Fred starts squealing in the hall and Louisa goes out to investigate. Seems Parker has wandered down, and man, does this dog hate him. Louisa shouts for Fred to be quiet and asks Parker what he wants. He’s looking for the lounge, which they don’t have, so he asks for the dining room, which they also don’t have. He asks for lunch, and Louisa’s patience is clearly wearing thin, because he can’t answer a single question she asks him about this meal he wants. She tells him it won’t be ready until half past one and he says that’s fine, because he’s not picky. Louisa sharply tells him that most of the people who stay there are.
In the kitchen, Cochrane and Ethel are hard at work on the lunch dishes. Merriman comes down and chats with them a bit about some bishop who’s staying there. He passes on Louisa’s request for a lunch for Parker. Louisa wants them to serve the guy some salt-free veal stew, not caring that he probably won’t like it.
Merriman delivers the meal to Parker’s room, and of course Parker doesn’t seem to know what to do, which is pretty stupid, because it’s self-explanatory. You sit and eat, Parker. Not hard. Parker asks for champagne and Merriman asks for a particular year. Parker has no clue what to order, and just says “plain champagne.” Merriman practically seethes as he heads out.
Shepherd, who has a nasally voice and is just about every stereotype of an art gallery owner you’ve ever heard of, admires the colors in one of Charlie’s paintings, which looks like a cross between a Monet and Seurat. Shepherd even compares the works to Monet, which is quite an exaggeration. Charlie laps it up, though, and pours himself, Shepherd, and Louisa some wine. Shepherd tells Charlie he’s opening a new gallery and he wants to feature a polish artist, Svorski, along with some of Charlie’s works at the opening. Charlie’s over the moon at the idea and agrees right away.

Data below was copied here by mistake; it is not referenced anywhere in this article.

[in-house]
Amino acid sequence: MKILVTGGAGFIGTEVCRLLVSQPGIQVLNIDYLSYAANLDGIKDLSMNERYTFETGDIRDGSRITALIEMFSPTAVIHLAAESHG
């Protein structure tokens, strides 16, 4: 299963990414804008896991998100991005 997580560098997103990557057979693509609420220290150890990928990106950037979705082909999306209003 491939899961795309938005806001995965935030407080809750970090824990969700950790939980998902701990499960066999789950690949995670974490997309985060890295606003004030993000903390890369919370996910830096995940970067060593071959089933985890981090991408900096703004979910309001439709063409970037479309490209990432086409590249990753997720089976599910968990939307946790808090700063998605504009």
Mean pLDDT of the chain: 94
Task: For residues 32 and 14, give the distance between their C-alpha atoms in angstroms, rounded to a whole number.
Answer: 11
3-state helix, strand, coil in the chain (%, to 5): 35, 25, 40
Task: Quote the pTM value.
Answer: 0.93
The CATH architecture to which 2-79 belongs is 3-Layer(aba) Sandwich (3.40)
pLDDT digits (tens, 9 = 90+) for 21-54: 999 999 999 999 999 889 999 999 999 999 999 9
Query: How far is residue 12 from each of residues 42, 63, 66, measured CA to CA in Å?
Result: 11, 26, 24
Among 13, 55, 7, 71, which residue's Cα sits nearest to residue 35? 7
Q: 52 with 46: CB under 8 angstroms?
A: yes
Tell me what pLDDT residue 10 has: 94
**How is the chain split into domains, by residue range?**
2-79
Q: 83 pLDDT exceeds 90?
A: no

Later, Mary makes her way into Parker’s room and startles him out of his nap. As she adds coal to the fire, he asks her about where she came from and tells her he’s in the shipping business. After a long silence, he asks her where she would go, if she could go anywhere in the world. She unimaginatively wants to go back to Wales, and then offers up the Isle of Man, because you can get there and back in a day. He waxes poetic about Africa, and then tells her not to worry about making up the fire later, because he’s tired and going to bed early.
The next day, Starr gets ready to pack up some of Charlie’s paintings in the hall when Parker comes down and asks about them. Starr says he doesn’t know anything about the paintings or where they’re going, which I find doubtful. I think he’s just being difficult because he doesn’t want anything to do with this man. Parker examines one of the paintings and then asks Starr where one would go if they were looking for a night on the town. Starr claims not to know, so Parker starts talking about going to the theater, or maybe the Café Royal, even though Starr couldn’t care less. Starr does tell him that if he wants to go to the Café Royal, he has to book a table pretty early.
That evening, Parker returns to his room and hears Charlie playing his piano in his own room nearby. After a little while, Parker heads over to Charlie’s and knocks and asks if he could listen in for a little. Charlie says sure and offers Parker a drink. Parker accepts and admires one of the paintings on the wall, which just happens to be one of Charlie’s. When he hears that the other paintings are being shown in a gallery, he wistfully says he’d love to see the exhibition, so Charlie nicely offers him an invite.